John Calipari's Son, Brad, Commits to Kentucky: Latest Comments, Reaction

Matt FitzgeraldCorrespondent IIIMarch 6, 2016

NASHVILLE, TENNESSEE - FEBRUARY 27:  Head coach John Calipari of the Kentucky Wildcats speaks to the media after a 74-62 loss to Vanderbilt at Memorial Gym on February 27, 2016 in Nashville, Tennessee.  (Photo by Frederick Breedon/Getty Images)
Frederick Breedon/Getty Images

Kentucky men's basketball coach John Calipari has been known for his knack for landing blue-chip recruits, but the Wildcats program gained a unique addition on Sunday.  

Calipari's son, Brad, announced he committed to play for his father beginning next season:

A product of the MacDuffie School in Granby, Massachusetts, Brad Calipari is a point guard listed at 6'0" and 180 pounds, per 247Sports.

Initially a member of the class of 2015, Calipari opted to reclassify when he tore his ACL and missed most of his junior season. The young floor general started his prep career in Lexington but transferred to MacDuffie as a means of getting out of the long shadow cast by his father.

Back in July 2015, the younger Calipari attempted to dismiss any notions of nepotism with regard to his basketball future, per Bleacher Report's Scott Phillips:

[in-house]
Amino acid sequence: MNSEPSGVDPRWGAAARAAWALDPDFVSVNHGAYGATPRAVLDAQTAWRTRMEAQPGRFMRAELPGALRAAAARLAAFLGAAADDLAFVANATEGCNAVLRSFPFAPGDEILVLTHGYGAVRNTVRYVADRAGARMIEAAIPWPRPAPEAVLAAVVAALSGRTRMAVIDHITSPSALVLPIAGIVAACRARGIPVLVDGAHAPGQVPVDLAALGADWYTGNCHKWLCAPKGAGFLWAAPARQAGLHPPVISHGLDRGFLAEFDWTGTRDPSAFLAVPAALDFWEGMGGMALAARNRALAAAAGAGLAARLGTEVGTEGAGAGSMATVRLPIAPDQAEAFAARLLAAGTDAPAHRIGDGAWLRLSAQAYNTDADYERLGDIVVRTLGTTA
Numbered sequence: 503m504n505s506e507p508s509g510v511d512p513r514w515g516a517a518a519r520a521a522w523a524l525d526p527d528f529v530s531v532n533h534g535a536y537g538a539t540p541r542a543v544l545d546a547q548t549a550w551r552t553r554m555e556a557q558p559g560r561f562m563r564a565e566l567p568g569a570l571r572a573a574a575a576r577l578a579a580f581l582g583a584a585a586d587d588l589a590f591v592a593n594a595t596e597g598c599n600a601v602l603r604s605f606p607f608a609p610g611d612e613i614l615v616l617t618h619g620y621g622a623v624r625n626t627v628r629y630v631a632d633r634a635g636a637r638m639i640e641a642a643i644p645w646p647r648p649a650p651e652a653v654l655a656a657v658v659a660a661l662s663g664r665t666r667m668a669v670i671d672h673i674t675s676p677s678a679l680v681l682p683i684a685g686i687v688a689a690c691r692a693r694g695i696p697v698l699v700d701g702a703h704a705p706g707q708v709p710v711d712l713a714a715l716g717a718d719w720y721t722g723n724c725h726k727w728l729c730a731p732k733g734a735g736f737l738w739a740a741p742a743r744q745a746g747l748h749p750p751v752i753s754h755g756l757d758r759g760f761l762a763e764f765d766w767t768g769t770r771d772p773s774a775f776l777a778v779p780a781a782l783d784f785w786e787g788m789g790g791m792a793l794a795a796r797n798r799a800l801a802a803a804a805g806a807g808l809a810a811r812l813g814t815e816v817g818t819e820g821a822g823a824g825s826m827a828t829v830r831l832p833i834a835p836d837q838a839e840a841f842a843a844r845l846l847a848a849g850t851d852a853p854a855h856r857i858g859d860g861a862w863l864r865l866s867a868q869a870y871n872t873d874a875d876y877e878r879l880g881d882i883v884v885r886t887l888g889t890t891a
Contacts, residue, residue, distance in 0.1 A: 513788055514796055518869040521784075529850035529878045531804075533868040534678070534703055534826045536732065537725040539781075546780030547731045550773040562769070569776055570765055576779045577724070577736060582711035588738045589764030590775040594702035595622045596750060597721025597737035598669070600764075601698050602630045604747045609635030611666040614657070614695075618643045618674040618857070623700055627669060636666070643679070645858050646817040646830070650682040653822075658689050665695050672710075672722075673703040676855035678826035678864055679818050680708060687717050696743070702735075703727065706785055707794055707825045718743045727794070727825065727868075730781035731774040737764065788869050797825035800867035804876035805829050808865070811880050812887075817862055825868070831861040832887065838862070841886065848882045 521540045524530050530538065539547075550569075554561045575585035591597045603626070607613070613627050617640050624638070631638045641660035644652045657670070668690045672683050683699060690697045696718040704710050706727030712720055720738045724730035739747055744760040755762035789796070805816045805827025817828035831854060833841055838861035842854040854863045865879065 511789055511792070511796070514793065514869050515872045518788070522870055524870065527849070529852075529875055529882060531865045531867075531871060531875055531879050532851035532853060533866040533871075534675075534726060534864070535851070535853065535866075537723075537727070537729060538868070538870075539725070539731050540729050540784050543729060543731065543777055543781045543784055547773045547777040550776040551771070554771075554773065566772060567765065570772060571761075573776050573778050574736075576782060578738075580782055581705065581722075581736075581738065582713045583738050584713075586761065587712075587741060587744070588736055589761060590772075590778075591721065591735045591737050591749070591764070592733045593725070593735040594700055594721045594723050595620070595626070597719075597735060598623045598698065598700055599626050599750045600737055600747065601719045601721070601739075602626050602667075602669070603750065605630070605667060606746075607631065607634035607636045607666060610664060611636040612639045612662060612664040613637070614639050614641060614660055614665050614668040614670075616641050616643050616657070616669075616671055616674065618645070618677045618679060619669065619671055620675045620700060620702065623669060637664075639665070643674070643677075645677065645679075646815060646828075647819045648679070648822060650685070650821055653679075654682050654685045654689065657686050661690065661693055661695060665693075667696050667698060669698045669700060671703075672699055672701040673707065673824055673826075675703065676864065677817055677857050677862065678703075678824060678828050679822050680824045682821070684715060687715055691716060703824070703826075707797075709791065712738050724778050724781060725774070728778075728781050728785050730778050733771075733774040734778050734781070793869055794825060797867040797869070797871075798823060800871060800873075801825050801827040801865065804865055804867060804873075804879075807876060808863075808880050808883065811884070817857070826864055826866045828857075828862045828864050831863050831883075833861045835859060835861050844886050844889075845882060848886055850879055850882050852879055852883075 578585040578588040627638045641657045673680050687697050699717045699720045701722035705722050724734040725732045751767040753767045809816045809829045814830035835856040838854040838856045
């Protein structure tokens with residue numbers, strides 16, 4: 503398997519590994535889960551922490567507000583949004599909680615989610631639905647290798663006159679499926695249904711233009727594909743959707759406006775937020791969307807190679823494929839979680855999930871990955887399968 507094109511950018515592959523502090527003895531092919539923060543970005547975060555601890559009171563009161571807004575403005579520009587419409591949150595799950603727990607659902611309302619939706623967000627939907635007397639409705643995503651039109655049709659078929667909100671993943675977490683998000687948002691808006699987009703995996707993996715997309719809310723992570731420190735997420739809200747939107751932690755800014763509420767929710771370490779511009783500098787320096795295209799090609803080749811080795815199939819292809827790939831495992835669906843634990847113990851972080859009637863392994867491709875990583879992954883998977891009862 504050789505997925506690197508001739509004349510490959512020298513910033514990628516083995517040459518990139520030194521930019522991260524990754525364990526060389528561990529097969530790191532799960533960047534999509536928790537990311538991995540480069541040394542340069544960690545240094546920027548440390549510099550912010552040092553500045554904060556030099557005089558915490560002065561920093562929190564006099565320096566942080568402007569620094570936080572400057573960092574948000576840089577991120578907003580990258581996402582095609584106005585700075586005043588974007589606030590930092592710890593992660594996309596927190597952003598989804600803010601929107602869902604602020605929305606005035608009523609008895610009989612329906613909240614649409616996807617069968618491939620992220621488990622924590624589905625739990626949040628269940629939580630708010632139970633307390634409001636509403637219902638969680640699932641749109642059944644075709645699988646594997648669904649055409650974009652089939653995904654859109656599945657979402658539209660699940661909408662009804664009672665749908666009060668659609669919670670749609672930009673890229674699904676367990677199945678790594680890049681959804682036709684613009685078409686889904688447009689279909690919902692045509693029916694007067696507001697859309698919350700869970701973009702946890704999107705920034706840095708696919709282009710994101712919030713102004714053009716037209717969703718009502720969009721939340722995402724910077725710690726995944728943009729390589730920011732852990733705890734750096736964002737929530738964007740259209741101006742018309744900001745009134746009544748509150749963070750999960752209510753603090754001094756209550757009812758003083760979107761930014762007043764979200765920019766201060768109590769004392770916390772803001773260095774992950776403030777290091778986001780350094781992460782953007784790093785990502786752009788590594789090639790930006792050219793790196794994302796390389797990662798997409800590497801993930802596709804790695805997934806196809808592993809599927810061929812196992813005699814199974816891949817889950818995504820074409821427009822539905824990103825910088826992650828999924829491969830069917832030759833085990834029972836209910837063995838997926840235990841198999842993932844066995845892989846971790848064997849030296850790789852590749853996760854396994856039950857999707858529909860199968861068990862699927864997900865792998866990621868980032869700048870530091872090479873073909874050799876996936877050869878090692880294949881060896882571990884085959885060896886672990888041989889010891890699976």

I want to play collegiately and then overseas. I wouldn't mind playing for my dad, but I don't want it to be just handed to me. It's just pride, really. I don't want people to think that. I've worked so hard to get where I'm at. I want people to know that I'm not getting stuff just handed to me.

That sentiment must still linger to a degree, but apparently Calipari is comfortable enough to suit up for the Wildcats for the next four or five years.

Although Calipari has a strong shot from the perimeter, he likely doesn't have the type of athleticism or skill set to be more than a walk-on at this juncture.

"He's a Division I shooter," said MacDuffie coach Jacque Rivera on Sunday, per 247Sports' Chris Fisher. "He has a very high basketball IQ. He's a very smart basketball player. He has tremendous upside and he's very competitive. He wants to win more than anyone."

Some college players progress and use that status as a chip on their shoulders to shine in later years. On a loaded team like Kentucky that gets multiple elite prospects each year, though, Calipari will be hard-pressed to carve out a considerable role.

One positive with regard to John Calipari's future is he should be less inclined to leave now that his son is joining him for the next phase of his career.

The coach has been the perpetual subject of NBA rumors and has done his best to put a halt to them. His son's commitment should ease any Big Blue Nation anxiety about a potential Calipari departure.